Chris Harrison, host of the ‘Bachelor’ franchise, exits after racism controversy
Chris Harrison, the longtime host of ABC’s “The Bachelor” and its spinoff series, is exiting the franchise after 19 years following a racism controversy last season.
In an announcement Tuesday, Warner Horizon and ABC Entertainment confirmed he would step aside and thanked Harrison “for his many contributions over the past 20 years.”
“I’ve had a truly incredible run as host of ‘The Bachelor’ franchise and now I’m excited to start a new chapter,” Harrison wrote in an Instagram post. “I’m so grateful to Bachelor Nation for all of the memories we’ve made together. While my two-decade journey is wrapping up, the friendships I’ve made will last a lifetime.”
A Sunday newsletter written by former Hollywood Reporter editor Matt Belloni cited two anonymous sources confirming Harrison, 49, was negotiating his exit. Deadline published a similar anonymous report Tuesday.
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Harrison’s name has been synonymous with “The Bachelor” since he has hosted since the show premiere in 2002. He went on to host a variety of other TV events including the Miss America pageant, though he remained best known as the face of the original reality dating show, “The Bachelorette” (which arrived in 2003) and “Bachelor in Paradise.”
This spring during “The Bachelor” (starring Matt James, the franchise’s first Black male lead), contestant Rachael Kirkconnell faced backlash for previously liking Confederate flag-related TikTok videos and attending a plantation-themed party in 2018. Harrison came under fire for defending Kirkconnell, who who later apologized for her “offensive and racist” actions and ultimately won James’ season. The couple broke up before the finale aired but have since reconciled.
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'The Bachelor' host Chris Harrison drew controversy for off-camera remarks that led him to temporarily step back from the show. (Photo: Craig Sjodin, ABC)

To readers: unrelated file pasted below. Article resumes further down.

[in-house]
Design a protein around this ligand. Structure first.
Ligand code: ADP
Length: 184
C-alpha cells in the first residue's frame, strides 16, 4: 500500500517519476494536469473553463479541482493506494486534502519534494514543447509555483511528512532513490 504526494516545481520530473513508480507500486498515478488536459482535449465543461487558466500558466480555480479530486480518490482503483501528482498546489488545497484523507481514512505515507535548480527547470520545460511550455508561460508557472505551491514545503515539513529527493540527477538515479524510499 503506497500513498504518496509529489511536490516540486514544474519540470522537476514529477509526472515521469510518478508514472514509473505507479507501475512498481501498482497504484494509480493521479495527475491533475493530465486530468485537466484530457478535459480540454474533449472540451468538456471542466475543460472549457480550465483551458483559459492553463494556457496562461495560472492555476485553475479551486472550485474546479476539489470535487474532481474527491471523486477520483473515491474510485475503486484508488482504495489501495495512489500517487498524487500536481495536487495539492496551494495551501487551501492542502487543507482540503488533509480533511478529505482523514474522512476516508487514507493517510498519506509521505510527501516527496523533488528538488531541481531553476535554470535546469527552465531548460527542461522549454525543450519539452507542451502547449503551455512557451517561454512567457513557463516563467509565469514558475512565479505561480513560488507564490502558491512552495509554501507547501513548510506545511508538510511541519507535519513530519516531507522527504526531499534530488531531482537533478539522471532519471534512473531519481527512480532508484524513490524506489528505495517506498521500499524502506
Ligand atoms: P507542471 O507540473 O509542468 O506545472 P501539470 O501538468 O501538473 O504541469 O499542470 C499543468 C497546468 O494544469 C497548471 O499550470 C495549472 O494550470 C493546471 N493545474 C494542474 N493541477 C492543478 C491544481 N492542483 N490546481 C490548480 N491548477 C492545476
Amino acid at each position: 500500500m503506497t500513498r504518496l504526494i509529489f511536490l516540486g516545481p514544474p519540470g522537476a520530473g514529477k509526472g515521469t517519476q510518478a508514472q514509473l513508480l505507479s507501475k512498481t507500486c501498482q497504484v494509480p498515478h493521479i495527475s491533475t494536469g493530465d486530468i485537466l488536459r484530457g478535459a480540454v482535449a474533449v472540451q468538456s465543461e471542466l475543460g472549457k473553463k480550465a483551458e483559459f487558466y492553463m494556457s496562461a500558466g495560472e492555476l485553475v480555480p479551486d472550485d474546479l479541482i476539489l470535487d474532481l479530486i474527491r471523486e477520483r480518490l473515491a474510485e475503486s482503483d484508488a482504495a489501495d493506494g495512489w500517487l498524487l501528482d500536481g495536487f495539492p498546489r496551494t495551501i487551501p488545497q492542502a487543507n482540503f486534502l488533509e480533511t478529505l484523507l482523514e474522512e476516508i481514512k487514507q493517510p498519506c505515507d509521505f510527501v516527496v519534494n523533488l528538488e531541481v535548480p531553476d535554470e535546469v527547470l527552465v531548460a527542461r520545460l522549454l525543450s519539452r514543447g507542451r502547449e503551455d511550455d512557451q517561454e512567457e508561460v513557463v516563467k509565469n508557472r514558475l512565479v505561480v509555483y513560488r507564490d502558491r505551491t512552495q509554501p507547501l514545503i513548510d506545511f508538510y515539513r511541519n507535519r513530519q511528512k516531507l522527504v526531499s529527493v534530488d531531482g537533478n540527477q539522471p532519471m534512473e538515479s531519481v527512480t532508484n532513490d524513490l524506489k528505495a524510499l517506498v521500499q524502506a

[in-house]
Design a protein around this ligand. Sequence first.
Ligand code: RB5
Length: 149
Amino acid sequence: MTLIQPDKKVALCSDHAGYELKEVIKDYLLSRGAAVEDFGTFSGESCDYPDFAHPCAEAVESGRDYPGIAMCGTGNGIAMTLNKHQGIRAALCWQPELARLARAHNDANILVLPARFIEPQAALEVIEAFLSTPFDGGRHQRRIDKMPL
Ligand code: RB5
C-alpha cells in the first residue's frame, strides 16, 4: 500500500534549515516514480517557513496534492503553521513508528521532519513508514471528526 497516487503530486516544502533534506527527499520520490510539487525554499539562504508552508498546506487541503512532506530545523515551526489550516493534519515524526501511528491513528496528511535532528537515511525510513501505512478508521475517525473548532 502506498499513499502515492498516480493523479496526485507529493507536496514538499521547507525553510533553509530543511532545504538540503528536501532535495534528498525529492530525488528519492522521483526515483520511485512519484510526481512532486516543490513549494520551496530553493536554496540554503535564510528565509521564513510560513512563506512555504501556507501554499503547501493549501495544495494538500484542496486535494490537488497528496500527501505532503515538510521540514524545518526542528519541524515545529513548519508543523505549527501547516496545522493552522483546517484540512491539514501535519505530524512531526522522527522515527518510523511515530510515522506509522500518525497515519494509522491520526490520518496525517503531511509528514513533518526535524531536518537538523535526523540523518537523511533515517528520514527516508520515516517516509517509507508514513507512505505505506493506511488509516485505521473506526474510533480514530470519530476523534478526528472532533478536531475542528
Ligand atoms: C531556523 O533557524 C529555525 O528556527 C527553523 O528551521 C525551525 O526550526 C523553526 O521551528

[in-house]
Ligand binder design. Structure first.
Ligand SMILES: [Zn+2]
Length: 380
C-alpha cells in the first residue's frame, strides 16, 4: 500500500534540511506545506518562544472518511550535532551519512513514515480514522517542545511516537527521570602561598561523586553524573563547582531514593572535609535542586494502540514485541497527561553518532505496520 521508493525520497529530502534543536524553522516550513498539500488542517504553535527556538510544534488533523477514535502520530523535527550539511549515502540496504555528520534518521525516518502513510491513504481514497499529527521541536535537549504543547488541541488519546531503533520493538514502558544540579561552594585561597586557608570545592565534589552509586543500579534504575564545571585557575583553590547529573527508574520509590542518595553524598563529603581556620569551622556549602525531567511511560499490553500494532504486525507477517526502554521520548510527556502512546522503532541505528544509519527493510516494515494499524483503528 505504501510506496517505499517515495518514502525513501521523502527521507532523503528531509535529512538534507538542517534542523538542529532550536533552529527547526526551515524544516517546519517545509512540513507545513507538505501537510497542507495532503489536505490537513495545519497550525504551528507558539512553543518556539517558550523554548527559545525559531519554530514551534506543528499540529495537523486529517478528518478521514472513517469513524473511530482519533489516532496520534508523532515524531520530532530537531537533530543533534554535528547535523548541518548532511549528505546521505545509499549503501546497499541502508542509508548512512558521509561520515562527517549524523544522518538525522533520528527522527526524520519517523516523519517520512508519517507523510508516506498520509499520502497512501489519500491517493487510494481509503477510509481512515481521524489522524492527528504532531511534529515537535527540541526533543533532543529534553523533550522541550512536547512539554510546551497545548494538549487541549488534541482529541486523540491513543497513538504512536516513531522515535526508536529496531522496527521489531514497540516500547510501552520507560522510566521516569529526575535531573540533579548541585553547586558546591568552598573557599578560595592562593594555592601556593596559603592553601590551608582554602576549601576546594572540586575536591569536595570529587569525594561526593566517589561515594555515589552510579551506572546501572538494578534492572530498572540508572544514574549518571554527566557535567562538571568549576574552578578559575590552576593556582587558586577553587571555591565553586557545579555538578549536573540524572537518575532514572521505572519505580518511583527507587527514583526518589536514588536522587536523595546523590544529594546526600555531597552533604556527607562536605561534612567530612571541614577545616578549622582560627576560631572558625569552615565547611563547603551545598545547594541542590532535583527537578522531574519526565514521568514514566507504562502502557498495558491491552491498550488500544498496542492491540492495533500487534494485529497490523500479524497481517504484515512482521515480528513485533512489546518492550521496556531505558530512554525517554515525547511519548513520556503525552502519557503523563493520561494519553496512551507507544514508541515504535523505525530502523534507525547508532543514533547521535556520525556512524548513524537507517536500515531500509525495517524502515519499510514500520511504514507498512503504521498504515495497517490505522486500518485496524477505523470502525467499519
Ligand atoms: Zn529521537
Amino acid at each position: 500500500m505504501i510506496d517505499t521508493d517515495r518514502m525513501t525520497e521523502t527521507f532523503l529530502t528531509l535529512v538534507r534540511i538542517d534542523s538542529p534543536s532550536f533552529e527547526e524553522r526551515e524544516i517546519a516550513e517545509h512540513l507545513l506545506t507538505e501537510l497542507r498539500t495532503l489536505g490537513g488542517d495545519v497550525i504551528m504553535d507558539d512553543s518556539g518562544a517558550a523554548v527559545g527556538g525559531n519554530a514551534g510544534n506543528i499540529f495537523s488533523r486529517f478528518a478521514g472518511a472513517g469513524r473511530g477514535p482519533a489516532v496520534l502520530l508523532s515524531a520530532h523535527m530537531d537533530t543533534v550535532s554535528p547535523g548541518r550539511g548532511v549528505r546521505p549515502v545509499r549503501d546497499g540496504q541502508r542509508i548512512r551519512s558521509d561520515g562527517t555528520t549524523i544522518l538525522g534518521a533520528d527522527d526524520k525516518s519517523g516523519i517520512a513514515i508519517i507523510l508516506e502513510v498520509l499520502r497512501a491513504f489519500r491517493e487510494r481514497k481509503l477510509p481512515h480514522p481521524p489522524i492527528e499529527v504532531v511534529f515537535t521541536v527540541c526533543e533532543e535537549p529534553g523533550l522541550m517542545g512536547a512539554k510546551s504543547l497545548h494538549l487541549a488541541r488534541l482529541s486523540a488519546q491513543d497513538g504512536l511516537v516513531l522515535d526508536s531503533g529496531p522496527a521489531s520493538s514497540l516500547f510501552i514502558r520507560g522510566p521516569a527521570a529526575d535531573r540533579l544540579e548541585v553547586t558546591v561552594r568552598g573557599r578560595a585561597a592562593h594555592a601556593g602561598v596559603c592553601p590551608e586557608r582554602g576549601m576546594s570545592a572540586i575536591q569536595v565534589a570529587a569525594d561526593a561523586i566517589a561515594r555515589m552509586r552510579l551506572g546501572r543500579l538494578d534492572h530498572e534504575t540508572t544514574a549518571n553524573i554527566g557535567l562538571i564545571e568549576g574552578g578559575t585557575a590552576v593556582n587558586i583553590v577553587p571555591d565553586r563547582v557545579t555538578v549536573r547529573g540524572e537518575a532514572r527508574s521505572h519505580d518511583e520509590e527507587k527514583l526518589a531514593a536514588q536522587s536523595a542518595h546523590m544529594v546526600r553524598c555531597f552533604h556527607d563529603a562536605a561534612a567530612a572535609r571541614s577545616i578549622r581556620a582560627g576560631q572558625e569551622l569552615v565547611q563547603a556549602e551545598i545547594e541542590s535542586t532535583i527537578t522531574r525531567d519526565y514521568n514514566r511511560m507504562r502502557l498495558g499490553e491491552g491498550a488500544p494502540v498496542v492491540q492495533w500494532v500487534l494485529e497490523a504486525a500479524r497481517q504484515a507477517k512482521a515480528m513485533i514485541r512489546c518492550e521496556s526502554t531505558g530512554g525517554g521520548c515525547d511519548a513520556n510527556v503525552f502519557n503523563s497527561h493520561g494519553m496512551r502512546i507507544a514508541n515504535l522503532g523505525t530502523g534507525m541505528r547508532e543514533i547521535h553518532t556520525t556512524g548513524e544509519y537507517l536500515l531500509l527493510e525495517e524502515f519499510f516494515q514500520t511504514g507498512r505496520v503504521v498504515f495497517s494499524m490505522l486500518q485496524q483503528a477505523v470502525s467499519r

The host defended Kirkconnell from what he called the “woke police” during a Feb. 9 interview on the syndicated “Extra” series with Rachel Lindsay, the first Black lead on “The Bachelorette.”
“We all need to have a little grace… Because I’ve seen some stuff online, again this judge-jury-executioner thing, where people are just tearing this girl’s life apart,” Harrison said during the interview. “I’m not defending Rachael. I just know that, I don’t know, 50 million people did that in 2018. That was a type of party that a lot of people went to.”
He continued: “The woke police is out there. And this poor girl Rachael, who has just been thrown to the lions. I don’t know how you are equipped when you have never done this before, to be woke enough, to be eloquent enough, to be ready to handle this.”
Harrison apologized to Lindsay, admitted in March he “made a mistake” and said would be “stepping aside for a period of time” but added he had no plans to resign.
“I plan to be back and I want to be back,” Harrison told “Good Morning America” on March 4 in his first interview following the scandal. “This interview is not the finish line. There is much more work to be done, and I am excited to be part of that change.”
He was subsequently replaced for “The Bachelor”s “After the Final Rose” special in March by author, TV host and former NFL player Emmannuel Acho; and for the next season of “The Bachelorette” in June by former stars Tayshia Adams and Kaitlyn Bristowe.
In his more than 50 seasons hosting “The Bachelor” and its offshoots, Harrison served as a confidant to stars and contestants, as well as a narrator and guide for viewers. He was also the officiant at several televised “Bachelor” franchise weddings.
Contributing: Cydney Henderson
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